Objective: To assess whether nominally statistically significant effects in meta-analyses of clinical trials are true and whether their magnitude is inflated.
Study design and setting: Data from the Cochrane Database of Systematic Reviews 2005 (issue 4) and 2010 (issue 1) were used. We considered meta-analyses with binary outcomes and four or more trials in 2005 with P<0.05 for the random-effects odds ratio (OR). We examined whether any of these meta-analyses had updated counterparts in 2010. We estimated the credibility (true-positive probability) under different prior assumptions and inflation in OR estimates in 2005.
Results: Four hundred sixty-one meta-analyses in 2005 were eligible, and 80 had additional trials included by 2010. The effect sizes (ORs) were smaller in the updating data (2005-2010) than in the respective meta-analyses in 2005 (median 0.85-fold, interquartile range [IQR]: 0.66-1.06), even more prominently for meta-analyses with less than 300 events in 2005 (median 0.67-fold, IQR: 0.54-0.96). Mean credibility of the 461 meta-analyses in 2005 was 63-84% depending on the assumptions made. Credibility estimates changed >20% in 19-31 (24-39%) of the 80 updated meta-analyses.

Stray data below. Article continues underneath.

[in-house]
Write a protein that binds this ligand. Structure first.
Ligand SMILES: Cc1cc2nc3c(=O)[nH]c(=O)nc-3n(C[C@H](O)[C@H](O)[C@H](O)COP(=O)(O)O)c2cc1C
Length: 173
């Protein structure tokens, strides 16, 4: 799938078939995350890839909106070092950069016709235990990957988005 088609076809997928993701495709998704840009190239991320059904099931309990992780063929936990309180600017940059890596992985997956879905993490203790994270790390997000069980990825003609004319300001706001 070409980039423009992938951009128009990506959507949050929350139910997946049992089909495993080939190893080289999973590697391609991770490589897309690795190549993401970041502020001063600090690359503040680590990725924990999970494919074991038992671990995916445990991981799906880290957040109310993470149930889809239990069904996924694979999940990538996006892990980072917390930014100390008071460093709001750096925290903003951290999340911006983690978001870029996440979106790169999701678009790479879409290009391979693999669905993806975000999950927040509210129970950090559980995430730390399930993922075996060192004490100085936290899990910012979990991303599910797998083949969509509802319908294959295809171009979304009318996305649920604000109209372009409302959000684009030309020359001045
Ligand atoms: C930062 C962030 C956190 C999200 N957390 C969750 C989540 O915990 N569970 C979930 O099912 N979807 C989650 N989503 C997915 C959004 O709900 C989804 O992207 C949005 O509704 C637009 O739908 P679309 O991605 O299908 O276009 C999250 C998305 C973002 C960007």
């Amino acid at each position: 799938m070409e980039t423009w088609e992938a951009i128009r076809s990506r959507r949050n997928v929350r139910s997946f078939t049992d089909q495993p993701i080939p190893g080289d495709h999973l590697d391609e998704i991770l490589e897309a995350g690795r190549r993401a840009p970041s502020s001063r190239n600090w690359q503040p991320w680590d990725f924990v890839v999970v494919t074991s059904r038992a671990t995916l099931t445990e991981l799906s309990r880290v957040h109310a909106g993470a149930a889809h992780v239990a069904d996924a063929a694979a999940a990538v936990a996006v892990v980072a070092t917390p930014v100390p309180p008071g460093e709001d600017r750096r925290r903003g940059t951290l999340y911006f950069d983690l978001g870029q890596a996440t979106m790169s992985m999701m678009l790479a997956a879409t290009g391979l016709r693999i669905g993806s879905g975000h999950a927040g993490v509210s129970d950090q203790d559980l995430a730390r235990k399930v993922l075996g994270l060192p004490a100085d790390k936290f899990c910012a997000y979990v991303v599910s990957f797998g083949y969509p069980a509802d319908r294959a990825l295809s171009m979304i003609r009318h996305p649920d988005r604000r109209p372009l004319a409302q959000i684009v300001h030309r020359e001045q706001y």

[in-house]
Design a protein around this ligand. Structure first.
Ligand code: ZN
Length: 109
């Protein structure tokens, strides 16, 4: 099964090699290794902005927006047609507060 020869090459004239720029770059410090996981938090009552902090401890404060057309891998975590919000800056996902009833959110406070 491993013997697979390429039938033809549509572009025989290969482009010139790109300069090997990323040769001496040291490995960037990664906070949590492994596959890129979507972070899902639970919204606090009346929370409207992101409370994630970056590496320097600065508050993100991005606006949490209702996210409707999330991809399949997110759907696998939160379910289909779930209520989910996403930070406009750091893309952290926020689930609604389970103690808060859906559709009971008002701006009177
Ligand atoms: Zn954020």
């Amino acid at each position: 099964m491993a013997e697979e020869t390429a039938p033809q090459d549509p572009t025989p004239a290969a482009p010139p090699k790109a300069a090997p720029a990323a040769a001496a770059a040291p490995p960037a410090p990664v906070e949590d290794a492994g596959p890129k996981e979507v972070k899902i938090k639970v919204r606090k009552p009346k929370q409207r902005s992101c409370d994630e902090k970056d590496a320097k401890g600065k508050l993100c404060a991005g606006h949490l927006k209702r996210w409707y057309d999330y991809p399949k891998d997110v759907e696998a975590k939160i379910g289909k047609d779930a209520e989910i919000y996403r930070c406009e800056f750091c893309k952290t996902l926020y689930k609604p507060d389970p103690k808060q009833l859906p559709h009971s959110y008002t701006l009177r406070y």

Conclusions: Most meta-analyses with nominally significant results pertain to truly nonnull effects, but exceptions are not uncommon. The magnitude of observed effects, especially in meta-analyses with limited evidence, is often inflated.
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